The Department of Commerce recently had a ceremony at Langdon Education Campus in Washington, DC, commemorating the issuance of the 700,000th design patent (see main image to the left). The design patent, titled Hand-held learning apparatus, was issued to LeapFrog Enterprises, Inc. (NYSE: LF) on February 25, 2014, but the celebration ceremony was not held until March 26, 2014.
“Protecting and promoting our idea-driven economy is essential to keeping America open for business,” said U.S. Secretary of Commerce Penny Pritzker. “The USPTO plays a major role in serving our nation’s innovators by granting them the intellectual property rights they need to secure investment capital, build companies and bring their products and services to the global marketplace.”
The ceremony also included the launch of a new Intellectual Property (IP) Patch developed as a joint project between the USPTO, the Girl Scout Council of the Nation’s Capital, and the Intellectual Property Owners (IPO) Education Foundation.
On March 19, 2014, Actavis plc (NYSE: ACT) announced that it entered into an agreement with Noven Pharmaceuticals, Inc. to settle all outstanding patent litigation related to Actavis’ generic version of Daytrana® (Methylphenidate Transdermal System). Daytrana® is a CNS stimulant indicated for the treatment of Attention Deficit Hyperactivity Disorder. For the 12 months ending December 31, 2013, Daytrana® had total U.S. sales of approximately $98 million, according to IMS Health data.
The ultimate launch of Actavis’ product is, however, contingent upon Actavis receiving final approval from the U.S. Food and Drug Administration on its Abbreviated New Drug Application (ANDA) for generic Daytrana®.
This patent dispute in fact arose out of the filing of the ANDA by Actavis. An ANDA applicant must make one of four certifications regarding each patent that applies to the drug for which approval is being sought: (I) no such patent information has been submitted to the FDA; (II) the patent has expired; (III) the patent is set to expire on a certain date; or (IV) the patent is invalid or will not be infringed by the drug covered in the ANDA.
Once upon a time, one of the ways you could separate the unsavory underbelly of the patent industry from the legitimate operators was to look at who was directing clients to get design patents. Design patents have always been easy to obtain…indeed, far easier to obtain than a utility patent. But design patent rights are exceptionally weak. Nevertheless, over the past decade, design patents have continued to grow in numbers, and have proved to be an effective part of patent strategy, in some cases. If you have not considered advising clients to seek design patents, you really should consider the benefits.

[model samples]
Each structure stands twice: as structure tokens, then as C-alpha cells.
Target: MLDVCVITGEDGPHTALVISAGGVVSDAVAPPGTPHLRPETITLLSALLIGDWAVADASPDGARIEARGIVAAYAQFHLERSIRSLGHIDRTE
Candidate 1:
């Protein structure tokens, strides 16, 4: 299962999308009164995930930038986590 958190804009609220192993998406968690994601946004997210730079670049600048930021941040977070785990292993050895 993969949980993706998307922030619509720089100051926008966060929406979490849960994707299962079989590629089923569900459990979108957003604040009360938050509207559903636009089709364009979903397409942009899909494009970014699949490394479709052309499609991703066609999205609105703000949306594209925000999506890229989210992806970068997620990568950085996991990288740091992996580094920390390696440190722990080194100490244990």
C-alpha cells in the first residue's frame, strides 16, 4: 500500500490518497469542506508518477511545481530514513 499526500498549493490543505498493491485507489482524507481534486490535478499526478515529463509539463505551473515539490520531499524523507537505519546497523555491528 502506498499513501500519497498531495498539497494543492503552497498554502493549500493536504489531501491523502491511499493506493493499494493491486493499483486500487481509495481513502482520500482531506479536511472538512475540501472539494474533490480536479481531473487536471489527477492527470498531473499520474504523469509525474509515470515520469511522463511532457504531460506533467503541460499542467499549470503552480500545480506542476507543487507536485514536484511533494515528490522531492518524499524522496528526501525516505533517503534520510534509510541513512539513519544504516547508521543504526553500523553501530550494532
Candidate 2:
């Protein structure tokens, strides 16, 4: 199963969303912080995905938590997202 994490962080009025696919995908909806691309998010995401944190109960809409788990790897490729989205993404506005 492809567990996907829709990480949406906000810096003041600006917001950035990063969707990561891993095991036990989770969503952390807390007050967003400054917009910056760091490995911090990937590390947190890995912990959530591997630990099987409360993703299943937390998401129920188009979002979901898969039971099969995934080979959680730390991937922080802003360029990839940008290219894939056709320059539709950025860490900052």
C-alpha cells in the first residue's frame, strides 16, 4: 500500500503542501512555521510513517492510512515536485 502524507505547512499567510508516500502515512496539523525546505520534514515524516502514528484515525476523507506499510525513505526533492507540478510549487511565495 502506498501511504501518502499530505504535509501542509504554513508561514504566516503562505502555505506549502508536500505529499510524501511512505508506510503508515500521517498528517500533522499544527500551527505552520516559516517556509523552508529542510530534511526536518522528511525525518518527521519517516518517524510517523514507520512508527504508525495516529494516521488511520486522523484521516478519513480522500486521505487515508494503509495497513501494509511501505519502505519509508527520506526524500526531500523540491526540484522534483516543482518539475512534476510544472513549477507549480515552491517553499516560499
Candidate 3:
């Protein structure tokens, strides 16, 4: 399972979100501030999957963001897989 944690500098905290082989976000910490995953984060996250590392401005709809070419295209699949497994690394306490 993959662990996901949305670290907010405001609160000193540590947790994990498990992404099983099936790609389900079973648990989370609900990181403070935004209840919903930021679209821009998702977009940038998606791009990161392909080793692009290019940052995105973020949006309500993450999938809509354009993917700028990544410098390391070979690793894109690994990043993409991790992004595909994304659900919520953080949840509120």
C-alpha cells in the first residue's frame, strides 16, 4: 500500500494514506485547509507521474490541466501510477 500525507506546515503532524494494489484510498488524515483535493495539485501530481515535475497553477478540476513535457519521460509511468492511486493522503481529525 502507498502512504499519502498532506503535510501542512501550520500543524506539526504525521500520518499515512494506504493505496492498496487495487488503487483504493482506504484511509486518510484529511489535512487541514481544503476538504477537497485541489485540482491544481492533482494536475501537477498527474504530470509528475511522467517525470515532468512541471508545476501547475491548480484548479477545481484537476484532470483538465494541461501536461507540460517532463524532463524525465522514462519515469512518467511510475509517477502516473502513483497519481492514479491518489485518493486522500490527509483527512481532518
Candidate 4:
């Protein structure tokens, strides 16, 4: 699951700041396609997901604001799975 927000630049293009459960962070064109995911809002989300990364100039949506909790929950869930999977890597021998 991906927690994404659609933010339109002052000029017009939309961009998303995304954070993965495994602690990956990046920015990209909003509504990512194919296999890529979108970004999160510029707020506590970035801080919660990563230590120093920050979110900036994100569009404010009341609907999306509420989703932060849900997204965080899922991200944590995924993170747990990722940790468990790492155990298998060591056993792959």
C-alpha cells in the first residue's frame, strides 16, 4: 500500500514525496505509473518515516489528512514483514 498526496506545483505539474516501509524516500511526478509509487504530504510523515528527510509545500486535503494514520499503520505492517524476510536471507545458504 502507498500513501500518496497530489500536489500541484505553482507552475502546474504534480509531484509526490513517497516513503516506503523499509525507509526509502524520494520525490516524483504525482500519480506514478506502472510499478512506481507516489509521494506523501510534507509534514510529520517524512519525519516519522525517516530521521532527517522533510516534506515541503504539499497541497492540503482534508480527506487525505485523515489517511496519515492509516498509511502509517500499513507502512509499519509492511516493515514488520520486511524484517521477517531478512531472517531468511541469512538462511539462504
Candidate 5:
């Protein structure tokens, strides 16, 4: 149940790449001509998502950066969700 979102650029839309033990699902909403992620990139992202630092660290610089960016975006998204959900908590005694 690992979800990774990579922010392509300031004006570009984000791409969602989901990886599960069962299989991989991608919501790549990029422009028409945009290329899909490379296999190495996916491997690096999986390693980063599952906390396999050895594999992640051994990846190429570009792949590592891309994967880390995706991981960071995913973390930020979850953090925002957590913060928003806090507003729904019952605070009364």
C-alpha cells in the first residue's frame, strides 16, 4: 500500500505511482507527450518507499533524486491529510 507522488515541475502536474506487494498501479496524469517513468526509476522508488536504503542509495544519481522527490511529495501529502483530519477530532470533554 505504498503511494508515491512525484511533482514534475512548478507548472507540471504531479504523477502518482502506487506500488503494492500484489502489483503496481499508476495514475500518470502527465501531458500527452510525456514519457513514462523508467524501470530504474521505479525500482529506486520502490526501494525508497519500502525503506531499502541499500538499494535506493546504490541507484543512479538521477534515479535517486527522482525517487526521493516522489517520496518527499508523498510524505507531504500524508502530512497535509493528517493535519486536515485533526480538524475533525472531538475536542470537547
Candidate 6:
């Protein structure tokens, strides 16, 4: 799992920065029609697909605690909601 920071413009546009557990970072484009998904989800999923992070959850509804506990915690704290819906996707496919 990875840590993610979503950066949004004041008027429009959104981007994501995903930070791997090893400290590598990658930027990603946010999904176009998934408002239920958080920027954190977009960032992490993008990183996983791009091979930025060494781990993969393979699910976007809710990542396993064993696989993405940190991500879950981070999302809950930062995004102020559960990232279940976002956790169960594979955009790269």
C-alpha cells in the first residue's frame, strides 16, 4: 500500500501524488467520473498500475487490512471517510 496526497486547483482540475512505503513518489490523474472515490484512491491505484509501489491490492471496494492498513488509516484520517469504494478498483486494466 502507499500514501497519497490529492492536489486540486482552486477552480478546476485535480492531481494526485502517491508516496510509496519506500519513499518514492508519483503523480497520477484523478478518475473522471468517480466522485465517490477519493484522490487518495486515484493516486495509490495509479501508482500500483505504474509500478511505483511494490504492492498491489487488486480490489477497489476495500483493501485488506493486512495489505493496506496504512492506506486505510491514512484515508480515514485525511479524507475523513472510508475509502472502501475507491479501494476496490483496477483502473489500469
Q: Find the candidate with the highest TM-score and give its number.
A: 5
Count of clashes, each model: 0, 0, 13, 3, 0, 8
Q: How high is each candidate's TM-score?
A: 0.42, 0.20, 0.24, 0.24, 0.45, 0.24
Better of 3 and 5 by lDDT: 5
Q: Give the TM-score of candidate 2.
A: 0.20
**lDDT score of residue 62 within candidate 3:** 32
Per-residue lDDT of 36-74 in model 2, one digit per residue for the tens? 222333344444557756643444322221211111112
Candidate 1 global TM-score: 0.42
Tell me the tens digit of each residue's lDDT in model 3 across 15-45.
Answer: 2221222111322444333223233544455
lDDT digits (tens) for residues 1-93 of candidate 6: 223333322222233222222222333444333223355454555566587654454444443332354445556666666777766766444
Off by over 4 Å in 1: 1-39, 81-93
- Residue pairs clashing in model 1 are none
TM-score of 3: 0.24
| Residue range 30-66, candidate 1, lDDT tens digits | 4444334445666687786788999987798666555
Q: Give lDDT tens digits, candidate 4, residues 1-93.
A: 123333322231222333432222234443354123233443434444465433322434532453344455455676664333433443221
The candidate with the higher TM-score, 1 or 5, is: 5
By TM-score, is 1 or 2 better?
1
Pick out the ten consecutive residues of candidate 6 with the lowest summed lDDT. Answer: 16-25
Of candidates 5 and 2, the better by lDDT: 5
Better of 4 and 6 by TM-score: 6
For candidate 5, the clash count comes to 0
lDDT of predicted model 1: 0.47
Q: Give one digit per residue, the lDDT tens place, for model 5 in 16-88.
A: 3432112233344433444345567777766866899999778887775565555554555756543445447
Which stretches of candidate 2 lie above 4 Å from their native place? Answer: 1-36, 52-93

Recently I was perusing press releases to see if I could find any interesting news items worth reporting. One particular press release did catch my eye. The title was AvidBiotics Granted U.S. Patent for Bactericidal Proteins that Selectively Kill C. Difficile. C. Difficile, or Clostridium difficile…more commonly called C. Diff. for short…. is a bacterium that can cause symptoms ranging from diarrhea to life-threatening inflammation of the colon. I have known people who have suffered with C. Diff., and it is no joking matter. So a treatment for C. Diff. is interesting enough, but an innovation that would kill only C. Diff., without harming other (good) bacteria, might be a real breakthrough. The problem with many antibacterial drugs is that they kill the good bacteria with the bad, or sometimes kill the good and not the bad, which can lead to a hose of digestive problems.
In any event, AvidBiotics Corp., which is a privately held biotechnology company, recently announced that it obtained US Patent No. 8,673,291, entitled “Diffocin and Methods of Use Thereof,” which claims modified R-type bacteriocins from C. difficile that specifically kill C. difficile bacteria. Also covered are methods of manufacturing such bactericidal proteins.
As many of you undoubtedly already know, the United States Supreme Court will soon decide whether software is patent eligible in the United States. The fact that such a question needs to be addressed in the year 2014 would be comically funny if it were not so tragically sad. Software has been patented in the United States since 1968, which means software has been patentable in the United States for the last two generations. Yet the Supreme Court is poised to decide whether software is or should be patent eligible in Alice v. CLS Bank, which will be argued to the Court on March 31, 2014.
What is the harm in allowing software patents? Saying that software is not patentable subject matter is akin to saying that a car battery is not patentable subject matter. No one could seriously argue that a new and non-obvious car battery would not be patentable subject matter. In fact, that is exactly what many researchers are trying to find right now, albeit not the same type of car battery that we are used to inserting under the hood.
Any car is itself just a bunch of pieces of metal that sit there fastened together to create a tangible shell that has taken on an identifiable structure. The car has lots of potential, but without some kind of fuel it doesn’t even have potential energy. It merely has potential to move from place to place under appropriate conditions. A car without a battery isn’t something that is useful in any real world sense of the word.